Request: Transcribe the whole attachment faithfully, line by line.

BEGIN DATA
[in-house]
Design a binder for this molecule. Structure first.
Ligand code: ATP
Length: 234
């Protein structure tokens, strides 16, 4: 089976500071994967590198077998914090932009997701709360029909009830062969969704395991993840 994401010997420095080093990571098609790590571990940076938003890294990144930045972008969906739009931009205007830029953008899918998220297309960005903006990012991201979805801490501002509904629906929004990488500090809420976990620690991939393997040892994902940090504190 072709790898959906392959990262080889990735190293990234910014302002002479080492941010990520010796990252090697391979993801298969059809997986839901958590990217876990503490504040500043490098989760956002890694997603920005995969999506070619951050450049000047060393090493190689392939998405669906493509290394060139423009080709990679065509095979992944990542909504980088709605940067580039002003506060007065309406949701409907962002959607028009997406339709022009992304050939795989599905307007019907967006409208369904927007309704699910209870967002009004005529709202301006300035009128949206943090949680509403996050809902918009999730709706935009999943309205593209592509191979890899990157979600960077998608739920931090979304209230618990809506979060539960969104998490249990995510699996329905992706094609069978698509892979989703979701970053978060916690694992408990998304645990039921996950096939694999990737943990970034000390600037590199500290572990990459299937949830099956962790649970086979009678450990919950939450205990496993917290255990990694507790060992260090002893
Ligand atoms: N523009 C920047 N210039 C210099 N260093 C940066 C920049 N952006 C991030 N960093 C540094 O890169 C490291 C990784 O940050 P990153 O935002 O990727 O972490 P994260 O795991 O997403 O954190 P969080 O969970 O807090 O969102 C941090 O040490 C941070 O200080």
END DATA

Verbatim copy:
[in-house]
Design a binder for this molecule. Structure first.
Ligand code: ATP
Length: 234
């Protein structure tokens, strides 16, 4: 089976500071994967590198077998914090932009997701709360029909009830062969969704395991993840 994401010997420095080093990571098609790590571990940076938003890294990144930045972008969906739009931009205007830029953008899918998220297309960005903006990012991201979805801490501002509904629906929004990488500090809420976990620690991939393997040892994902940090504190 072709790898959906392959990262080889990735190293990234910014302002002479080492941010990520010796990252090697391979993801298969059809997986839901958590990217876990503490504040500043490098989760956002890694997603920005995969999506070619951050450049000047060393090493190689392939998405669906493509290394060139423009080709990679065509095979992944990542909504980088709605940067580039002003506060007065309406949701409907962002959607028009997406339709022009992304050939795989599905307007019907967006409208369904927007309704699910209870967002009004005529709202301006300035009128949206943090949680509403996050809902918009999730709706935009999943309205593209592509191979890899990157979600960077998608739920931090979304209230618990809506979060539960969104998490249990995510699996329905992706094609069978698509892979989703979701970053978060916690694992408990998304645990039921996950096939694999990737943990970034000390600037590199500290572990990459299937949830099956962790649970086979009678450990919950939450205990496993917290255990990694507790060992260090002893
Ligand atoms: N523009 C920047 N210039 C210099 N260093 C940066 C920049 N952006 C991030 N960093 C540094 O890169 C490291 C990784 O940050 P990153 O935002 O990727 O972490 P994260 O795991 O997403 O954190 P969080 O969970 O807090 O969102 C941090 O040490 C941070 O200080």